Although there is still a lot of work to do (largely because it is my first year), the early/middle summer time is rewarding because we’re starting to harvest the vegetables I’ve grown.
Here’s my first potato!
Not that it is hard to grow potatoes: I found one plant growing in a bag of stones I’d cleared away when digging.
We were already eating our potatoes but the most exciting moment came when we pulled up and cooked the beetroot. They’re an interesting tubular shape instead of the typical round ones.
One of our favourite dinners, which Han originally drew my attention to in The Cranks Bible, is grilled beetroot and halloumi with steamed green beans. This every day dinner became quite the celebration the day we made it with our own beets. The dressing is balsamic vinegar, olive oil, roasted cumin seeds and a drop of tabasco, in case you want to try it yourself.
Our own green beans weren’t ready yet (a long way off) so these were shop bought, along with the halloumi (goat rearing and cheese making are even further away!).
The next thing we harvested, and which kept on coming until December, was Swiss and Rainbow chard. I first discovered this vegetable thanks to the Hackney Growing Community‘s veg box we used to get. Here are my first pickings of leaves lying on the netting which is suspended over the plants to protect them from birds.
One of the dishes I love to make with chard is this tart, from a recipe on Helen Graves’ food blog. That delicious looking crust is made from carrots and oats (see my comment for the amendment I make to use olive oil instead of butter).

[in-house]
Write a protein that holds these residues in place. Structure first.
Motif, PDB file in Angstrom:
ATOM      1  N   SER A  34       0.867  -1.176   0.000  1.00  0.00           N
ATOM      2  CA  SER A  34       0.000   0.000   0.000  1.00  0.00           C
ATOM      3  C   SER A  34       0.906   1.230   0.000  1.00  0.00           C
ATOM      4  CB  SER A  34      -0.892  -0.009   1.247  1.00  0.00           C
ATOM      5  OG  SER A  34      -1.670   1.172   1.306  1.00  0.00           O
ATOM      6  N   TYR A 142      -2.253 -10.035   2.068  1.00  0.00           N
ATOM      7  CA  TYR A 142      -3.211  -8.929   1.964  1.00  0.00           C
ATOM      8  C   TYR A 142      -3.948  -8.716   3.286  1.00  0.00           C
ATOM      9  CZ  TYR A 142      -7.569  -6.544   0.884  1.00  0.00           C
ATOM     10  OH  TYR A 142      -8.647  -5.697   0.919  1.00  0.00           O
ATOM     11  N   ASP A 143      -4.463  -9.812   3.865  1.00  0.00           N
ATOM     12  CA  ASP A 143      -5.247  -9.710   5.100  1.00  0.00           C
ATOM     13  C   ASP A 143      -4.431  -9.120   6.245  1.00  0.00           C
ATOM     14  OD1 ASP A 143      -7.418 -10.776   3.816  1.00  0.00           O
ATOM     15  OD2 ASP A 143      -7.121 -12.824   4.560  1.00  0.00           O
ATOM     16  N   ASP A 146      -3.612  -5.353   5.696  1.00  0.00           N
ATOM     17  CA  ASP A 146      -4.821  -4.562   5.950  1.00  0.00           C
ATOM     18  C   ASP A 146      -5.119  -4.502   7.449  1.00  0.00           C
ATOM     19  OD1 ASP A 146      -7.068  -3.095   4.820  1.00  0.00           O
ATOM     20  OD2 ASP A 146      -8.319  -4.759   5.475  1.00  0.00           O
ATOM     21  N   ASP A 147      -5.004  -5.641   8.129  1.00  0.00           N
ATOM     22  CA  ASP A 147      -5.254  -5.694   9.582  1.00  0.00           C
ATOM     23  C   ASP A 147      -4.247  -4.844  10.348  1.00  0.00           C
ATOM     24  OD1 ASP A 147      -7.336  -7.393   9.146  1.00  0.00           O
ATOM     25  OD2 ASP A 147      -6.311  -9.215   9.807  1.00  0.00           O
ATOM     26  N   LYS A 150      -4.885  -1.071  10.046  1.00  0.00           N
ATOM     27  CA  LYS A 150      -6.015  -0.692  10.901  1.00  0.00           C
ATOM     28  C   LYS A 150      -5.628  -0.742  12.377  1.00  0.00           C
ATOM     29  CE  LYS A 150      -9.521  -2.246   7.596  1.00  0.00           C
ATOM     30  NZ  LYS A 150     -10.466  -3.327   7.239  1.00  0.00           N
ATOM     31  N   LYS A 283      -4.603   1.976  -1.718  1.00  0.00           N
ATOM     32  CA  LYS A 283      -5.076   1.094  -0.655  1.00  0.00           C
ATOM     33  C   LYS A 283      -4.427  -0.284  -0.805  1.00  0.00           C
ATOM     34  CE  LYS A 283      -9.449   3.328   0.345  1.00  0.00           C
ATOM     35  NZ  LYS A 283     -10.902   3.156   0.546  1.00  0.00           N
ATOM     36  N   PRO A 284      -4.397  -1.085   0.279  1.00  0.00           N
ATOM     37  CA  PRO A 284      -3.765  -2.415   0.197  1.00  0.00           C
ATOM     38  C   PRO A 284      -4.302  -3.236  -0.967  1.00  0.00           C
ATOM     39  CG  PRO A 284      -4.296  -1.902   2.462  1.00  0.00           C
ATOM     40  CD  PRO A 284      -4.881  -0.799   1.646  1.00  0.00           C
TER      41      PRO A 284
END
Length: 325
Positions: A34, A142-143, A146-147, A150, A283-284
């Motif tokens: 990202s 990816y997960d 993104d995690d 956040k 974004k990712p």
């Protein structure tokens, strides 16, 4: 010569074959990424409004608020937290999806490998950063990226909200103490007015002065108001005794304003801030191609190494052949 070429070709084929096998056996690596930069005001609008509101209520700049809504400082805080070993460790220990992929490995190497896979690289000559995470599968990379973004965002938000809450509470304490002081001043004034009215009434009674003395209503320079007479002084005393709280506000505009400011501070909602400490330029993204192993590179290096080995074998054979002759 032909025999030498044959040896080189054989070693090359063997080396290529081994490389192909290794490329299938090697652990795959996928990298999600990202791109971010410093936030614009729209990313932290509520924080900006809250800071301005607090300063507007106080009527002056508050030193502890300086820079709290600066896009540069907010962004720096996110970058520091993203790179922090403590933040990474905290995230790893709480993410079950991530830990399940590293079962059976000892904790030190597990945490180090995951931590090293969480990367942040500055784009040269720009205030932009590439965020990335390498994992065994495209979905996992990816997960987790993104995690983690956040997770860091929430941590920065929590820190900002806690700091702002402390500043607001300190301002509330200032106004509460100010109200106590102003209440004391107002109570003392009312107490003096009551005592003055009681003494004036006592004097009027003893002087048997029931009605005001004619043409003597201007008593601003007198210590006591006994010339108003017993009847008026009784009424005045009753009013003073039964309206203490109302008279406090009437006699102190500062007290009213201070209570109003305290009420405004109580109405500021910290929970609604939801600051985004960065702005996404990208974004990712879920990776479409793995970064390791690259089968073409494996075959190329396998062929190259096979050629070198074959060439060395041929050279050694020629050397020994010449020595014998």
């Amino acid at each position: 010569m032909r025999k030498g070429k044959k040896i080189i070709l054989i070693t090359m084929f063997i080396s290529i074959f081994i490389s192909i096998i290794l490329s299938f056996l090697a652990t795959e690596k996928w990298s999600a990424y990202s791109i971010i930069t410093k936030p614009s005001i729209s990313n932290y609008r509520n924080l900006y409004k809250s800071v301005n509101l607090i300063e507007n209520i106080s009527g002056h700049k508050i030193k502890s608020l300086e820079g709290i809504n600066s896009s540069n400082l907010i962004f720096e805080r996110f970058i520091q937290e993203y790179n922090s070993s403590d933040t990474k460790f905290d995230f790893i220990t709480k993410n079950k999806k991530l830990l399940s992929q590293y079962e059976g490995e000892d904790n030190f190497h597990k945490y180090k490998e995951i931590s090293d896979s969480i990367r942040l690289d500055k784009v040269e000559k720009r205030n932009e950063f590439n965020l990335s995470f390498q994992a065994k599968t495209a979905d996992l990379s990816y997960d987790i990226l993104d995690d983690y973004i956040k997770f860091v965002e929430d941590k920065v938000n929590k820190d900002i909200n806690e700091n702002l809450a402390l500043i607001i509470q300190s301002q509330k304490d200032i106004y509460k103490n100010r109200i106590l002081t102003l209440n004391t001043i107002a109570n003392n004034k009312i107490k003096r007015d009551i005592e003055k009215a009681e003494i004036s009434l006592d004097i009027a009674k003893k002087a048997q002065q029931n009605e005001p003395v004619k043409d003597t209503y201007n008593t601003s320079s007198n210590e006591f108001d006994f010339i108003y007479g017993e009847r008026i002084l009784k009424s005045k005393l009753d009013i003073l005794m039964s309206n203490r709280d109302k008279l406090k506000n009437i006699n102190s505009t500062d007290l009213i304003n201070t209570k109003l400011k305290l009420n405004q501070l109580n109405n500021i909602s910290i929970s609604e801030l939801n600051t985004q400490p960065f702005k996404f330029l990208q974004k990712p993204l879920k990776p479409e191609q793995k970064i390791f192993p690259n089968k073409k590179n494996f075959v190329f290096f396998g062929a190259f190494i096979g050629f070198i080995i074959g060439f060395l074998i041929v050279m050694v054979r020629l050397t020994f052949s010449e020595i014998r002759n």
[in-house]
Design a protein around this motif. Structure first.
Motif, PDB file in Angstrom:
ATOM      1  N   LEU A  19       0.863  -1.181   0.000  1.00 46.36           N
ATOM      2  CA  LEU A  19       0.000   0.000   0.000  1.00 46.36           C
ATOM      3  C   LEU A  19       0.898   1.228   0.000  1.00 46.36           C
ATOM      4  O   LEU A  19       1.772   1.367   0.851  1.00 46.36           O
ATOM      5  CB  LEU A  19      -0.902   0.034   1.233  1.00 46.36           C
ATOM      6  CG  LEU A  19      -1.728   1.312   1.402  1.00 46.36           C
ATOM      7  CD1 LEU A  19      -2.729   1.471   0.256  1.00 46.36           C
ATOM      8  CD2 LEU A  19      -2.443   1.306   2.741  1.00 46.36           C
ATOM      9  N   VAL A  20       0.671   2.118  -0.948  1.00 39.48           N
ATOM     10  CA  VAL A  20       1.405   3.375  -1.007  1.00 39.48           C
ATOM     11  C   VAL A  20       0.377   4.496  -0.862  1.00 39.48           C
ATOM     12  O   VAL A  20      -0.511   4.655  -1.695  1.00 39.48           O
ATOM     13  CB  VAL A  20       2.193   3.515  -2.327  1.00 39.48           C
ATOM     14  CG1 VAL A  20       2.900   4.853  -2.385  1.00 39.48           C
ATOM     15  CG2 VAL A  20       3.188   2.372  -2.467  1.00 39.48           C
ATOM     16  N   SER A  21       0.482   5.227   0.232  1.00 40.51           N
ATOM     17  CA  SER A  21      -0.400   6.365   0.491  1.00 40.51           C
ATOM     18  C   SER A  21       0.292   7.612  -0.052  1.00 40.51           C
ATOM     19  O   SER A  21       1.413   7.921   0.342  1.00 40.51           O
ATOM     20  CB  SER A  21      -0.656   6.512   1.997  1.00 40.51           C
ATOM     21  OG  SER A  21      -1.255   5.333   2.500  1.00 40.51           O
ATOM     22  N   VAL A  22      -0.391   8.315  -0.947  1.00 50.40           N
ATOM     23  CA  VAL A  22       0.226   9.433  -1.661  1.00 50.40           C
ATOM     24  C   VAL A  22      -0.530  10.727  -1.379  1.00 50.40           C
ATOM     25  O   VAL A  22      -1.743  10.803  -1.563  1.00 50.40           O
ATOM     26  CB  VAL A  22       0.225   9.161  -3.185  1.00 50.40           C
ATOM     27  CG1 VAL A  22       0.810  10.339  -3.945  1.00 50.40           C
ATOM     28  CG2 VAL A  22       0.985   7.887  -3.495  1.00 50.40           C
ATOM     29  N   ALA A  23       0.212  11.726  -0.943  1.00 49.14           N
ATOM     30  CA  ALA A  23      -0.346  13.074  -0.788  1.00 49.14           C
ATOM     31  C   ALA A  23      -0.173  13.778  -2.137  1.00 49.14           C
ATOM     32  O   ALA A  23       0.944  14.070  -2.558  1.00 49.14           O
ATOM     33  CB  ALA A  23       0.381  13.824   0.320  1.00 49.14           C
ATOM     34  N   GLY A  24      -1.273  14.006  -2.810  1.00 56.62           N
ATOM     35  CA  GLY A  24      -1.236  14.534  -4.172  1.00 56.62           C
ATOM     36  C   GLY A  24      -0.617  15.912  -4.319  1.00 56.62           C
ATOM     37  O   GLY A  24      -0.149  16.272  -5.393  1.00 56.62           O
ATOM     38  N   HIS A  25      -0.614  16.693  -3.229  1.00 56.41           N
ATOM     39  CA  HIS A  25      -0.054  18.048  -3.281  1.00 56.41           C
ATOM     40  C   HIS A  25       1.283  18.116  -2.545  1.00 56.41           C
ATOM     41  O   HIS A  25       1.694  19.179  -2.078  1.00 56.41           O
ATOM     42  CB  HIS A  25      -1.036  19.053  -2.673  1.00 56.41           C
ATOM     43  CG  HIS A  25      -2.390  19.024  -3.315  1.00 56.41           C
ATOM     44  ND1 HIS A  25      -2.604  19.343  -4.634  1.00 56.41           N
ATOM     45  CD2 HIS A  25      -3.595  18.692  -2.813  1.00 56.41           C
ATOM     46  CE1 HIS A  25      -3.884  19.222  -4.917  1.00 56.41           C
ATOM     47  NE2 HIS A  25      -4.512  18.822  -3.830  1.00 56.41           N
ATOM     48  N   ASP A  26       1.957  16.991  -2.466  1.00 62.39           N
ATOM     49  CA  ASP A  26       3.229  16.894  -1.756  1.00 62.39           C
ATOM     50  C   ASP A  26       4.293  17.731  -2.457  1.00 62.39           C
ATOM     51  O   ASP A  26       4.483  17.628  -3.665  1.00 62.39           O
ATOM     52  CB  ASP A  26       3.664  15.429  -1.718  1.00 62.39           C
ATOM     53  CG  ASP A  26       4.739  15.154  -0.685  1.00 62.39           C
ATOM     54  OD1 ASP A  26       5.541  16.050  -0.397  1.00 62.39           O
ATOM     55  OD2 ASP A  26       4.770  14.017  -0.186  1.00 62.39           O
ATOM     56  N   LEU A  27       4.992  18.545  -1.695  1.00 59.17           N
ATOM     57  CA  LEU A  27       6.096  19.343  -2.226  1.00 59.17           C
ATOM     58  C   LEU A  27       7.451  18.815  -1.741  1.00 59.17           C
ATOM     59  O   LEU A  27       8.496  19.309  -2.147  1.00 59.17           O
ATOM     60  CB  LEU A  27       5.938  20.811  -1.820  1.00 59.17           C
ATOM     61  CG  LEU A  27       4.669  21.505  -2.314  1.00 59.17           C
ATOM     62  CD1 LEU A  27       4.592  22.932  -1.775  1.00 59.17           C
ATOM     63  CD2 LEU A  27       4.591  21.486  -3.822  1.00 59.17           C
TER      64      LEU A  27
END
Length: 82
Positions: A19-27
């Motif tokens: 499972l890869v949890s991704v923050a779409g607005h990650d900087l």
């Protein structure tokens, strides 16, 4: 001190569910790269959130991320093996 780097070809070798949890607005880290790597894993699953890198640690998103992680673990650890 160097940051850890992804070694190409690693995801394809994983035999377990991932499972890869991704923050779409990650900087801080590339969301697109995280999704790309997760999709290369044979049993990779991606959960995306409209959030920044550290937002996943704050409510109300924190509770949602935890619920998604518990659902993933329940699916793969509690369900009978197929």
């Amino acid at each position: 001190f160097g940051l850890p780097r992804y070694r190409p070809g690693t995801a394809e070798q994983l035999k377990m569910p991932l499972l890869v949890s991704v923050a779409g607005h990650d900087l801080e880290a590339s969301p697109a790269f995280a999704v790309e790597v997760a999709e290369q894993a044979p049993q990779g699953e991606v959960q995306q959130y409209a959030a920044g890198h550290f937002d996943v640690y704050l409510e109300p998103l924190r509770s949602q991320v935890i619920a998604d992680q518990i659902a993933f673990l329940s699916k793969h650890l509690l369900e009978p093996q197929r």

The last couple years I have dedicated a lot of time in the kitchen to learning how to cook Chinese food. I’ve posted about this a couple times already, first here and then here. In this post I’d like to introduce you to my inspiration and my teachers.
I was initially inspired by a user of the EGullet forums known as hzrt8w (aka Ah Leung) who posted a series of Chinese food pictorials. Ah Leung is a Chinese American (born in Hong Kong) living in California and as well as being a computer geek he writes these fantastic step by step guides on how to cook his favourite Chinese dishes, illustrated with photos. The photos are obviously just taken on the fly as he makes his dinner, totally anti-food-porn, but they still make me think YUM! I want to make that! So I have gradually been learning to make a handful of his dishes. Admittedly I haven’t been so adventurous as to try the more obscure (to the Western eye) dishes like Stir-Fried Lotus Roots with Dry Conpoy and Hairy Moss Fungi but I’ve tried a lot of the chicken based stir-fries. What is particularly useful about Ah Leung’s pictorials, is the photo he takes at the start of all the ingredients. Sometimes it is hard to find the ingredients you need in the Chinese shop because you don’t know what you are looking for – these photos show you what the containers look like.